henryatkin: Aleman...US stock buy backs are now at levels not seen since 2000 & 2007, yet the buy back companies index is lagging the S&P 500 year to date. At the same time ROI on buybacks has steadily diminished over the past five years. To my mind we eventually reach a point in market timing where buybacks are the only buyers in town. edited. I didn't realise it was a subscription page> Full text U.S. companies are buying back record amounts of stock this year, but their shares aren't getting the boost they bargained for. S&P 500 companies are on track to repurchase as much as $800 billion in stock this year, a record that would eclipse 2007's buyback bonanza. Among the biggest buyers are companies like Oracle Corp. , Bank of America Corp. and JPMorgan Chase & Co. But 57% of the more than 350 companies in the S&P 500 that bought back shares so far this year are trailing the index's 3.2% increase. That is the highest percentage of companies to fall short of the benchmark's gain since the onset of the financial crisis in 2008, according to a Wall Street Journal analysis of share buyback and performance data from FactSet. And the historic spending spree on share buybacks has some analysts worried companies are buying their shares at excessive valuations during the peak of the economic cycle and at a time when the market rally is nine years old. Others warn the billions of dollars spent to buy back shares could have gone toward capital improvements like new factories or technology that could lead to stronger long-term growth. "There has been less of a reward for companies engaging in new buybacks over the last 18 months," said Kate Moore , chief equity strategist and a managing director at asset-management firm BlackRock Inc. "It's fair for investors to ask whether companies are buying at the right point." The S&P 500 Buyback index, which tracks the share performance of the 100 biggest stock repurchasers, has gained just 1.3% this year, well underperforming the S&P 500. Share buybacks have become corporate America's go-to strategy for boosting stock prices and earnings over the past 30 years. The point of buybacks is to try to make a company's stock more valuable. By mopping up shares, a company shrinks the stock pie, which boosts earnings per share. That, in turn, should push the share price higher. The potential problem: Executives directing buybacks are essentially timing the market, and often they end up buying high. Buyback activity reached a frenzy in the early 2000s; the previous record for share repurchases was $589.1 billion in 2007. But that was just a year before the stock market tumbled into the worst financial crisis since the Great Depression. The result: companies like Exxon Mobil Corp. , Microsoft Corp. and International Business Machine Corp. each paid more than $18 billion to repurchase stock at a peak, only to see their share prices slump a year later. Stock buybacks appear just as ill-timed now, some analysts and investors say, especially as companies ramp up spending after last year's $1.5 trillion tax overhaul put extra cash in their coffers. Oracle has been one of the biggest buyers of its own stock in recent years and spent $11.8 billion on stock repurchases last year, when shares gained nearly 23%. But that gamble hasn't looked smart this year as the networking- device maker has struggled alongside the broader market, pulling its shares down 6%. Still, Oracle's board approved a fresh round of share buybacks totaling $12 billion in February, and executives appear to have spent nearly half that sum already. A representative from Oracle declined to comment on its share buyback program, but the company said in a recent Securities and Exchange Commission filing that it "cannot guarantee" its share repurchase "will enhance long-term stockholder value." Others like McDonald's Corp. , Bank of America and JPMorgan Chase have spent billions on share repurchases this year, but haven't seen a short-term bounce in share prices. McDonald's bought back $1.6 billion of shares in the first quarter, but the fast-food chain's stock is down 7.4% this year. Bank of America and JPMorgan Chase have both spent more than $4.5 billion to buy back their shares, which are down 5% and 2.7%, respectively. All three companies also spent multibillion-dollar sums on buybacks in 2017 as the stock market hit repeated highs. Companies in the S&P 500 that have repurchased shares are expected to see a return on investment of about 6.4% this year, a percentage that falls below the past six rolling five-year periods as measured by Fortuna Advisors , a financial consulting firm that has examined buyback trends going back to 2007. Returns on investment for buybacks peaked in 2013, according to Fortuna's analysis, as companies used share repurchases to boost earnings and dig themselves out of the depths of the financial crisis. With stock prices relatively low at the time and economic activity tepid, share buybacks were one of companies' key sources of earnings growth. But even as the stock market steadied in the subsequent years and economic growth around the world picked up to help boost profits, corporate executives continued to spend wildly on share repurchases -- often at the expense of other types of spending, including dividends and capital improvements. Spending on capital expenditures rose to $166 billion in the first quarter, up 24% from a year earlier, according to Credit Suisse , but still well below the $189 billion spent on buybacks. "The majority of capital deployed is going right back to shareholders and not reinvestment in businesses," said Gregory Milano , chief executive at Fortuna. "If that's the only thing you're relying on, it's going to end badly." Some share buybacks do pay off, but that tends to be among companies that show a high level of sales and earnings growth on their own, analysts say. Apple Inc. , for example, has bought back $22.8 billion worth of stock so far this year. Its shares have risen 11%, with much of the boost coming after it reported strong gains in second-fiscal-quarter revenue and profit -- as well as a record $100 billion plan to buy back more stock. "Corporate America has such an obsession with bottom-line growth," said Jay Bowen , president of Bowen Hanes & Co. , manager of the $2 billion Tampa Firefighters and Police Officers Pension Fund . "Long term, I don't like it." Write to Michael Wursthorn at (END) Dow Jones Newswires 07-08-18 0900ET Copyright (c) 2018 Dow Jones & Company, Inc.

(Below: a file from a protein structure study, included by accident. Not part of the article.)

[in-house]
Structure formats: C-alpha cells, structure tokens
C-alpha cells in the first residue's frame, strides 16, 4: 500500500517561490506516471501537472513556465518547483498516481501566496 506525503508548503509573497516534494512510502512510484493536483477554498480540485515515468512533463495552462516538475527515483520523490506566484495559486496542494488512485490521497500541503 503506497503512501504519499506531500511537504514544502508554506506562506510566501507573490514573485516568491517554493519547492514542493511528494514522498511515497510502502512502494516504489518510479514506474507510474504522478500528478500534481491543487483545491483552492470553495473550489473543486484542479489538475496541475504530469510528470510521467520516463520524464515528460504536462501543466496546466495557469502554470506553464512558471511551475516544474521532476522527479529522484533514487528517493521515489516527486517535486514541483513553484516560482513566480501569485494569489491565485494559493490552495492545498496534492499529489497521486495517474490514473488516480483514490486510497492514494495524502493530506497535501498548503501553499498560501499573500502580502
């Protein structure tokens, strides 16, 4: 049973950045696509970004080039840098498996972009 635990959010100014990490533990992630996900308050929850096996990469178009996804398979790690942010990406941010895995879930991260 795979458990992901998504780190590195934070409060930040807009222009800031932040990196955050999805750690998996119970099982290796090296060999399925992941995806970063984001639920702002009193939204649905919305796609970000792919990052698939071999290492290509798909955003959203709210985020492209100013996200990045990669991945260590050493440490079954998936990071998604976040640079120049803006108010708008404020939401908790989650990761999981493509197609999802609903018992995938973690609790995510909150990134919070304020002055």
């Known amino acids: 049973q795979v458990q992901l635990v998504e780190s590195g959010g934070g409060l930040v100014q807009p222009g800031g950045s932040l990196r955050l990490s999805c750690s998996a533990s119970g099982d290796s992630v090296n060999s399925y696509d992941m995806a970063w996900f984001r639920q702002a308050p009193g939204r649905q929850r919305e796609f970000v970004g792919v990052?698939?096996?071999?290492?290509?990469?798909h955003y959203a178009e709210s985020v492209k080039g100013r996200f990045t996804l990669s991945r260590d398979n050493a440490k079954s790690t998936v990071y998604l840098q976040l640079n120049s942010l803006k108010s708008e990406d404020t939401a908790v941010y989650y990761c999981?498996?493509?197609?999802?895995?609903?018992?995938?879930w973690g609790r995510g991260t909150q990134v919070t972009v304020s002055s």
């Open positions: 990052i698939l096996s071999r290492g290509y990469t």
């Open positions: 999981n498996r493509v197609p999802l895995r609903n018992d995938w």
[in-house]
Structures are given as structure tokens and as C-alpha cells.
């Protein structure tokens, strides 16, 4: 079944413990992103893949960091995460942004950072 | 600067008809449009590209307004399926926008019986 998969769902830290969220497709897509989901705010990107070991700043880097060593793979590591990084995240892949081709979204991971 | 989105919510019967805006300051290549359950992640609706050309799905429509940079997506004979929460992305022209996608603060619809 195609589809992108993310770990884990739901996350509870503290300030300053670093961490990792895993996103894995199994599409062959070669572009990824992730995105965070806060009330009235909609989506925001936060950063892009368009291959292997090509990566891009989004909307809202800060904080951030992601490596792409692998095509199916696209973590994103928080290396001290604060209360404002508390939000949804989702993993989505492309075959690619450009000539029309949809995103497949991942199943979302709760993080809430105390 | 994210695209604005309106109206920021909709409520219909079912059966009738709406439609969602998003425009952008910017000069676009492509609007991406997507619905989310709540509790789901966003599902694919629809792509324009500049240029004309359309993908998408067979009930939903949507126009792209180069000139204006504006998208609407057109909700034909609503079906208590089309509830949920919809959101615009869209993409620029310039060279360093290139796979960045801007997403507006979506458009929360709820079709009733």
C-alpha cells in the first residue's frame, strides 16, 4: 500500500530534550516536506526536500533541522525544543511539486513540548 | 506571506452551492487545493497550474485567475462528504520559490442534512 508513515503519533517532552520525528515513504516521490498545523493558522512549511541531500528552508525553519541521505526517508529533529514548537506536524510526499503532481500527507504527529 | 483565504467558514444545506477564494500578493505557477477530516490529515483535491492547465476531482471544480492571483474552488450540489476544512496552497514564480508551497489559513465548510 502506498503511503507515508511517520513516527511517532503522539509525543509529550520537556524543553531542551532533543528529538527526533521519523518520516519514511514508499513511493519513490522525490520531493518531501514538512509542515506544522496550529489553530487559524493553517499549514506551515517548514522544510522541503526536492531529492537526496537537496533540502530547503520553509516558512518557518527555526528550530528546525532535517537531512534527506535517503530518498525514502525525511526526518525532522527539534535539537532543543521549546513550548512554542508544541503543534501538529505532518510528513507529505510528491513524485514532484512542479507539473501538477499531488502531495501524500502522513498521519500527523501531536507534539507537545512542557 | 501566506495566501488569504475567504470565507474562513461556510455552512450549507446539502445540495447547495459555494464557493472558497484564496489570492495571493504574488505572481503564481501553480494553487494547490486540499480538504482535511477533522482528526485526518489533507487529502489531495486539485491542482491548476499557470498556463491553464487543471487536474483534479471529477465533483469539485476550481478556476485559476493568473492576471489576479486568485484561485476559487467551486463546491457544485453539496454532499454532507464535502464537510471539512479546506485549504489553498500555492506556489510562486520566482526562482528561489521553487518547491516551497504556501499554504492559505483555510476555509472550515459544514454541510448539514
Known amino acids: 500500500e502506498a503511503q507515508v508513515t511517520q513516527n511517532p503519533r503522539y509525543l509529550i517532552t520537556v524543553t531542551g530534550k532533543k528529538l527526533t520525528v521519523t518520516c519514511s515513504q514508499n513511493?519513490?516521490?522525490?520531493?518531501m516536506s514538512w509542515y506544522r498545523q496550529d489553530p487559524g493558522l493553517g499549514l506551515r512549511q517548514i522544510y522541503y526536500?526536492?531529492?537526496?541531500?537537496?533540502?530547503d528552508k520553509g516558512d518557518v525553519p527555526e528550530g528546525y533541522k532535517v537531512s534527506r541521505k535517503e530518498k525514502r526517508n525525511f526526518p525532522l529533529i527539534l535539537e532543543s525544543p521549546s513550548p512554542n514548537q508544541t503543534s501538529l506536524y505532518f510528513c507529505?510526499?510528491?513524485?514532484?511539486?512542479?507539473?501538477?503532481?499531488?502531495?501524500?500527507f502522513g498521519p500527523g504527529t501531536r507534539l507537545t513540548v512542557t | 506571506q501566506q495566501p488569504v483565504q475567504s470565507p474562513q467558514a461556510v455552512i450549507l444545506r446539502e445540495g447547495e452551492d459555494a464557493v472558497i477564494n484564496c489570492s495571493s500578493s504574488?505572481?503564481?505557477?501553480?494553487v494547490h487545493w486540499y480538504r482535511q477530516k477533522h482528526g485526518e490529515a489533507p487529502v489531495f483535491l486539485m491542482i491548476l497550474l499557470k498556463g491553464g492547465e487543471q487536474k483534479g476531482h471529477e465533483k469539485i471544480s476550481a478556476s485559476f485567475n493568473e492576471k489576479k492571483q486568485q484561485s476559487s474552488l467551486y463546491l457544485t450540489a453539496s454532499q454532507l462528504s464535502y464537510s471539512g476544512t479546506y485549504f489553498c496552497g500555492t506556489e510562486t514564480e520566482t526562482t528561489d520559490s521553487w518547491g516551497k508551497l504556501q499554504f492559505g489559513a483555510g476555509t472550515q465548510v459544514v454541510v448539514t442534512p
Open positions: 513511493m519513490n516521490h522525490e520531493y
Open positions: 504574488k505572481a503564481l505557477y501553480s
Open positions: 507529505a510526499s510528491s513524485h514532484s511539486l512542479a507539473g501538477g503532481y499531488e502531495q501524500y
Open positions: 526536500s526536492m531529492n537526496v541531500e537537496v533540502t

the stigologist: AOR When charts and fundamentals are in agreement with one another it's a recipe for explosive share price action